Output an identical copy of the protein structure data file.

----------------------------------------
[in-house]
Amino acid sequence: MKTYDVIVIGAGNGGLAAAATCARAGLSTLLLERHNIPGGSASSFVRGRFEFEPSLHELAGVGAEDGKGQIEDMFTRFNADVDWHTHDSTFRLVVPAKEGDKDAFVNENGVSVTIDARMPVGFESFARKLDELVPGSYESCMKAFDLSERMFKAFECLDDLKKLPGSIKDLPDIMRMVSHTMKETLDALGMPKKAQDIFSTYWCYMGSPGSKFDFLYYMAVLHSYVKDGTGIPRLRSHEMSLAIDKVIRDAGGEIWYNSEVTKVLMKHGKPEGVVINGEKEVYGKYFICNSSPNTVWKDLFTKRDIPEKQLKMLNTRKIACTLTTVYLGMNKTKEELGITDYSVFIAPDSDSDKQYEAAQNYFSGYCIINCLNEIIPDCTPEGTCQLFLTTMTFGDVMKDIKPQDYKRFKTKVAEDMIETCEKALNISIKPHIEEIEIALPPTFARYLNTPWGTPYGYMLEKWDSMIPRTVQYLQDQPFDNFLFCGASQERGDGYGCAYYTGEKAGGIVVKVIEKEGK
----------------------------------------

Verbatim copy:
[in-house]
Amino acid sequence: MKTYDVIVIGAGNGGLAAAATCARAGLSTLLLERHNIPGGSASSFVRGRFEFEPSLHELAGVGAEDGKGQIEDMFTRFNADVDWHTHDSTFRLVVPAKEGDKDAFVNENGVSVTIDARMPVGFESFARKLDELVPGSYESCMKAFDLSERMFKAFECLDDLKKLPGSIKDLPDIMRMVSHTMKETLDALGMPKKAQDIFSTYWCYMGSPGSKFDFLYYMAVLHSYVKDGTGIPRLRSHEMSLAIDKVIRDAGGEIWYNSEVTKVLMKHGKPEGVVINGEKEVYGKYFICNSSPNTVWKDLFTKRDIPEKQLKMLNTRKIACTLTTVYLGMNKTKEELGITDYSVFIAPDSDSDKQYEAAQNYFSGYCIINCLNEIIPDCTPEGTCQLFLTTMTFGDVMKDIKPQDYKRFKTKVAEDMIETCEKALNISIKPHIEEIEIALPPTFARYLNTPWGTPYGYMLEKWDSMIPRTVQYLQDQPFDNFLFCGASQERGDGYGCAYYTGEKAGGIVVKVIEKEGK